Weight is one of the most important factors when choosing a tent for backpacking, but a shelter also needs good space inside along with adequate protection from the elements. The Nigor PioPio Solo promises all this, and at 989g it certainly won’t weigh you down – but is it worth the £300 price tag?
Nigor is a brand from the Netherlands that has been developing its range for the past three years and is now releasing some very interesting products in the UK. The company makes tents and rucksacks, using quality materials and construction to produce gear that is lightweight and functional for backpacking. The PioPio Solo is one of its most interesting designs as it provides on paper at least everything a backpacker is looking for.
At just 989g including all stuffsacks and packing down to just 50x10cm, this slips easily into a rucksack or even under the compression straps on the side of a pack if preferred. It is pitched inner-first, which some people like, while others prefer outer-pitched-first designs as these can keep the inner drier when pitching in the rain. Short upright in-situ poles at the ends add some extra foot and headroom. The flysheet slips
over the top, with ladder-lock adjustment and guy lines allowing all this to happen quite easily even in the wind.
Once erected the tent was reasonably stable in blustery Lake District weather with all of the tent’s doors closed. The flysheet does leave a 10cm gap around the base, which is excellent for airflow, but in really hard side-driven rain this may allow a little more water around the edges and into the porch area than would be ideal. So I’d want to use this on less exposed sites rather than on the mountain summits.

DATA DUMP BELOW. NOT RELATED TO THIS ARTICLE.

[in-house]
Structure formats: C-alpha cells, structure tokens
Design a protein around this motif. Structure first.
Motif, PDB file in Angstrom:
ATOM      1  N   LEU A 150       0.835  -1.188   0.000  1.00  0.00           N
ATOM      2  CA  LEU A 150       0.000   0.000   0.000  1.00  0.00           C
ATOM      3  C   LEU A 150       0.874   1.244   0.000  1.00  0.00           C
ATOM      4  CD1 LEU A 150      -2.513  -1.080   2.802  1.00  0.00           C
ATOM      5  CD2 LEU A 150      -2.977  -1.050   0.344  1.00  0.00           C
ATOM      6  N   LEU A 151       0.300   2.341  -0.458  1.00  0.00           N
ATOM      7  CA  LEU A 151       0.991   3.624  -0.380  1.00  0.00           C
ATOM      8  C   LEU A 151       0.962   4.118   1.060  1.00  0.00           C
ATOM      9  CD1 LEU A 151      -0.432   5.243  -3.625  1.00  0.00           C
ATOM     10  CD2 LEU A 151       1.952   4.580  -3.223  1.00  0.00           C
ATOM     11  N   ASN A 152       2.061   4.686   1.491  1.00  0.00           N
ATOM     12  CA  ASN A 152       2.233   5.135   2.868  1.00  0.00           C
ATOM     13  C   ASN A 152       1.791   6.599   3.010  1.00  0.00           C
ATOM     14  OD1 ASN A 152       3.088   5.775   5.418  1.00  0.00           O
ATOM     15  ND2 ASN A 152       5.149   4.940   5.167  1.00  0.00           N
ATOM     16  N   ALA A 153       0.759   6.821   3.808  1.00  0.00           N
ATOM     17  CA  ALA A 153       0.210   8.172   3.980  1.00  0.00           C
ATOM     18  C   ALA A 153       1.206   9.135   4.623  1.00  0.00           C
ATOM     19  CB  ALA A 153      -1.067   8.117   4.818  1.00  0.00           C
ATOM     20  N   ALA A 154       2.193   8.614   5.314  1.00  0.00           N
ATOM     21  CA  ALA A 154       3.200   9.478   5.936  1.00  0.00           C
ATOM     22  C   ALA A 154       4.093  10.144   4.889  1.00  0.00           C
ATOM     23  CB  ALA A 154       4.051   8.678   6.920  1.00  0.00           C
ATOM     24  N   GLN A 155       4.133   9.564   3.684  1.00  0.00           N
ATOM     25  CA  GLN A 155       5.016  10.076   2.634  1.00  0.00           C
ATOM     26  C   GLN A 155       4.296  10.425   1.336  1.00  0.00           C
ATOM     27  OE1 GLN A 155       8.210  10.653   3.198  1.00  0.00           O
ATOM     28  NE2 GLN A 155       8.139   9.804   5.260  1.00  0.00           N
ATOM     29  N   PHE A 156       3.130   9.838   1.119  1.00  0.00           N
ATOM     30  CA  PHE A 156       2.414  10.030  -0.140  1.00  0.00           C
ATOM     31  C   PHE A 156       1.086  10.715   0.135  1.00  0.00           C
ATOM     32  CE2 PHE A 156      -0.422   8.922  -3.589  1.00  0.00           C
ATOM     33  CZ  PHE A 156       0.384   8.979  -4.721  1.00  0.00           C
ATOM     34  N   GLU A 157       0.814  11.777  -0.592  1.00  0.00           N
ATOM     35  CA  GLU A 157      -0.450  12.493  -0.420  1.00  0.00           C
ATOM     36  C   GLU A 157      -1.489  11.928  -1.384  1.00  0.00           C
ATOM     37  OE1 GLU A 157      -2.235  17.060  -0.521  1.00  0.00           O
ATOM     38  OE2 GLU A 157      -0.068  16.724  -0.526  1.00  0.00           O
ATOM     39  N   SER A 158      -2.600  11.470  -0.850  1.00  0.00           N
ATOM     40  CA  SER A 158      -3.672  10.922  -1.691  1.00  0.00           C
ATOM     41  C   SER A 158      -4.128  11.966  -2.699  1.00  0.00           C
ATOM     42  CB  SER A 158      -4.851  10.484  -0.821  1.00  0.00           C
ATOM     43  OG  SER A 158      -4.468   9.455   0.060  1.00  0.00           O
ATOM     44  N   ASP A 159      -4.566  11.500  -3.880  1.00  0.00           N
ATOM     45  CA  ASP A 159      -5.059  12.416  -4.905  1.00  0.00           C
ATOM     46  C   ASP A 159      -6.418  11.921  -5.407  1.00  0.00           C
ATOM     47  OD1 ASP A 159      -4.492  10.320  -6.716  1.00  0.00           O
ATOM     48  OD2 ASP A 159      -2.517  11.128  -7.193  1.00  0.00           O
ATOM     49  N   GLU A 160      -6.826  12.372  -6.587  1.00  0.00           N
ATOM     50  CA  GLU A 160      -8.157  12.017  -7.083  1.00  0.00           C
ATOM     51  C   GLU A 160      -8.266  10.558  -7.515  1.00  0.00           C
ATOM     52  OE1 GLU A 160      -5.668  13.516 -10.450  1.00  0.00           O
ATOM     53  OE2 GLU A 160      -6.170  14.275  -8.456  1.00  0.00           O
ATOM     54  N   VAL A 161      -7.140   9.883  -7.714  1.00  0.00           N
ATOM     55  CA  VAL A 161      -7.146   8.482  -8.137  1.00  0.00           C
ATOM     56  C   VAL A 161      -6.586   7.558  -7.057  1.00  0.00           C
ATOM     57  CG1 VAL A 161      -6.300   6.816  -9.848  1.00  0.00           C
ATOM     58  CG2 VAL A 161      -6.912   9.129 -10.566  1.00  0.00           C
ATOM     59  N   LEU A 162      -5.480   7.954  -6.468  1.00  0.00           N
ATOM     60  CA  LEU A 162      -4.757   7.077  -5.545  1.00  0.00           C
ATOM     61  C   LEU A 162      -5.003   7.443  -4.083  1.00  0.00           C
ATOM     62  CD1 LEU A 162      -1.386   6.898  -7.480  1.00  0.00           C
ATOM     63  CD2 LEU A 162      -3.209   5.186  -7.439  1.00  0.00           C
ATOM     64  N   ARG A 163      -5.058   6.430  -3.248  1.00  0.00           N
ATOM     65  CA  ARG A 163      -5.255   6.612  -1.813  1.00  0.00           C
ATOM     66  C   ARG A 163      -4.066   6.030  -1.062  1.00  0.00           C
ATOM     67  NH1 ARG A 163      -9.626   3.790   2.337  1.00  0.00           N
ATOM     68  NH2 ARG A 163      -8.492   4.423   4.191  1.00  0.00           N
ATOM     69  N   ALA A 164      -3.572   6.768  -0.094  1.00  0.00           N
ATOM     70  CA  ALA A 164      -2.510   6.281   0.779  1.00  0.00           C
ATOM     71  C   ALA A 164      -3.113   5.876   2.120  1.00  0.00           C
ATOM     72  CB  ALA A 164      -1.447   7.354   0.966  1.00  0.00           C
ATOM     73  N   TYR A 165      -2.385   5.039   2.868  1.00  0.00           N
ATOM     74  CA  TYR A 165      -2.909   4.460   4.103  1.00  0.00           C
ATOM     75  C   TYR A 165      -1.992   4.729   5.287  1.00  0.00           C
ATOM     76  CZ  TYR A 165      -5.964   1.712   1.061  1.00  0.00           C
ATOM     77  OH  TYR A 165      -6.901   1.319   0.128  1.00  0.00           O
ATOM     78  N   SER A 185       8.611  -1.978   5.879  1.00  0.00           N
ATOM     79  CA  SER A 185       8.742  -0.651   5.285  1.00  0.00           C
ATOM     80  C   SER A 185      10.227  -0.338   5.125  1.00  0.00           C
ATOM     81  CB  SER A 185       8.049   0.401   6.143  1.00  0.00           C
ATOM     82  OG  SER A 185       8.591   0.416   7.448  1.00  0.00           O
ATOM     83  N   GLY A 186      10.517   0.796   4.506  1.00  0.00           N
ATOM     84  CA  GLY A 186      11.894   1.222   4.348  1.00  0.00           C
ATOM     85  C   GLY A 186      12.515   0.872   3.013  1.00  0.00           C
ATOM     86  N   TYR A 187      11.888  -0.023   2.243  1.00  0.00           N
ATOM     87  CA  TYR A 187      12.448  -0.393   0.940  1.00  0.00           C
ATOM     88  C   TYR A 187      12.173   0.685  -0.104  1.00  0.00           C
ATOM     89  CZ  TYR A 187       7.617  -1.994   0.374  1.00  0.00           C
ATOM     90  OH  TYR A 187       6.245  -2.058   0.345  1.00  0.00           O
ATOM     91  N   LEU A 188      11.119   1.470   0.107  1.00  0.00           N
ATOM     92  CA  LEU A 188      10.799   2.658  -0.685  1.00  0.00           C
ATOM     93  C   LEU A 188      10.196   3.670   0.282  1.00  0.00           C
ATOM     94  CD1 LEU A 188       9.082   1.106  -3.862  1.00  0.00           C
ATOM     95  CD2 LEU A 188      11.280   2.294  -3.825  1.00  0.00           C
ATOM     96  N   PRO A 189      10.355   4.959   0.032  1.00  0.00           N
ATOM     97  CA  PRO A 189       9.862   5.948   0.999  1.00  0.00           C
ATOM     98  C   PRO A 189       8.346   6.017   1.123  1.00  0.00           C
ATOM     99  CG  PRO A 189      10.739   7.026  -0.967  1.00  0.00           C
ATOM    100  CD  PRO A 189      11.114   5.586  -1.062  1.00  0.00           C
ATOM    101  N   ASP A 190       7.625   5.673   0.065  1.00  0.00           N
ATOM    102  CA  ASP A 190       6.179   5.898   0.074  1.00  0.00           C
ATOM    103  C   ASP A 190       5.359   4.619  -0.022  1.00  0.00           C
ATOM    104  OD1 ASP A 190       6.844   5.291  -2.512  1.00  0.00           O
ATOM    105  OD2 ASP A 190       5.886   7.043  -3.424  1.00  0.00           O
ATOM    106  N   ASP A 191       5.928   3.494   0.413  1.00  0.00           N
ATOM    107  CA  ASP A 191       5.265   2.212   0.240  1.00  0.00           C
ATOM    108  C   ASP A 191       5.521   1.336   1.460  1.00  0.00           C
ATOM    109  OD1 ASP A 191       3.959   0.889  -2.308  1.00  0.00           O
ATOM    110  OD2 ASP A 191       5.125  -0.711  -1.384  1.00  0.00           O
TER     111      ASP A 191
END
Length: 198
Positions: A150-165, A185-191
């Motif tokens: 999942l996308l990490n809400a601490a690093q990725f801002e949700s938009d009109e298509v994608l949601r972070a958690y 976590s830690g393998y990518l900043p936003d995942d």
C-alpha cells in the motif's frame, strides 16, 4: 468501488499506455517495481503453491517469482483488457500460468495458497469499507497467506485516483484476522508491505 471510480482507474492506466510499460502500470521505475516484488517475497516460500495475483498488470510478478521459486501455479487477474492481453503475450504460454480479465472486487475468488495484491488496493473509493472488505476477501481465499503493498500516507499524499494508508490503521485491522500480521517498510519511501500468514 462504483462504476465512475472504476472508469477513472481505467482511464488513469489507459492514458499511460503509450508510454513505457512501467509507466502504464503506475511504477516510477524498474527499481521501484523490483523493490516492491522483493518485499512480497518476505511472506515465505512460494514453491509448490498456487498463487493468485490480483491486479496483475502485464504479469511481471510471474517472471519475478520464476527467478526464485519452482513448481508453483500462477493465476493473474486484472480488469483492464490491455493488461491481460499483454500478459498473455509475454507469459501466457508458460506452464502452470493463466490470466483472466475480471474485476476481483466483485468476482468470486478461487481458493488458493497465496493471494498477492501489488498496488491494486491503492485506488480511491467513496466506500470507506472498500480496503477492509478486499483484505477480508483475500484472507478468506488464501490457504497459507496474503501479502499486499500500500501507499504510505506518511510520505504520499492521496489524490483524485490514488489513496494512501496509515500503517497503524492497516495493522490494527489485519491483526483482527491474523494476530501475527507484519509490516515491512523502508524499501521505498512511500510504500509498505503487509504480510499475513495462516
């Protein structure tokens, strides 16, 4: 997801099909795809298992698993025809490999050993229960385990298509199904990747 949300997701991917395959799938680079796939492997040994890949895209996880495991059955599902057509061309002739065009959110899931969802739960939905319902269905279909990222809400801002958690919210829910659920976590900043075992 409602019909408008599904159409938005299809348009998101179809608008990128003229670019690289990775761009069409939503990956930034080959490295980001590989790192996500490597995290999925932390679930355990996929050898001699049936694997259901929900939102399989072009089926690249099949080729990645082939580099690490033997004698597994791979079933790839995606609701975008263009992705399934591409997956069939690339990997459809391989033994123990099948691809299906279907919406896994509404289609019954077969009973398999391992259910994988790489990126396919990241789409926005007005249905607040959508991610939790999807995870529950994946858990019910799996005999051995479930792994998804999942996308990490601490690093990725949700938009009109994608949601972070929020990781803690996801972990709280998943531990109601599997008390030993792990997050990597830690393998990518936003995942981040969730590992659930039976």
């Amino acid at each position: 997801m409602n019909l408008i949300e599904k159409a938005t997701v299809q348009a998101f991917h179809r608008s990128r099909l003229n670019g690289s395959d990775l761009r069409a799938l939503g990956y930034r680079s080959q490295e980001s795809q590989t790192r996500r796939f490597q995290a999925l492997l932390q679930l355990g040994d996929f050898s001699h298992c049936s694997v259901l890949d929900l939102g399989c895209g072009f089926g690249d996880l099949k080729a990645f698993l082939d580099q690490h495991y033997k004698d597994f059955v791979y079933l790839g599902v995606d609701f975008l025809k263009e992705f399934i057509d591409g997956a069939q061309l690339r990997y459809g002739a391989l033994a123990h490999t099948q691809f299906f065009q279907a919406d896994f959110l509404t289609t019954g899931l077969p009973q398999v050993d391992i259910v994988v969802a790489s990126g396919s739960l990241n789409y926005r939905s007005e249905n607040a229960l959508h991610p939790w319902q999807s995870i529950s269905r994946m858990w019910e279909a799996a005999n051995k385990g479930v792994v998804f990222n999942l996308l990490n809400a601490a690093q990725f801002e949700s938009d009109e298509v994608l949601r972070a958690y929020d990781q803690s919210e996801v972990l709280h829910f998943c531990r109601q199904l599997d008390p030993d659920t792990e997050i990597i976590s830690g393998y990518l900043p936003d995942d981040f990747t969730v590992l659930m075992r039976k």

Entry is via a single side door that has just one zip, which means you cannot open the top of the door to vent it. Once opened the door rolls back and is secured by a loop and toggle. I found the outer door was not secure enough, in part because the silicone-coated material is so slippery that in blustery weather the door tended to flap about. Lots of tents have this problem, but it is still annoying. The inner door is mesh but secures slightly better and has double zips for more choice in terms of opening.
A porch extends down the whole side and this is 45cm wide, which is great for accommodating a rucksack, with space to move in and out of the tent and still cook in the porch. Headroom is great too, as this does not taper from the 105cm height under the pole too steeply. For one person the living space is excellent in fact.
Flysheet GorLyn 10 (10 denier siliconised ripstop 6.6 nylon)
Groundsheet 20 denier PU-coated ripstop nylon
Inner 15 denier ripstop nylon and mesh
Poles shock-corded alloy
Internal dimensions (LxWxH) 245x105x104cm
Packed size 50x10cm
The weight and space are superb; and while some details are not perfect for everyone, the Nigor PioPio Solo compares very favourably with other sub-1kg tents and is very well-priced compared to its similar-weight competitors.
Review by Graham Thompson
First published in Trail magazine Spring 2015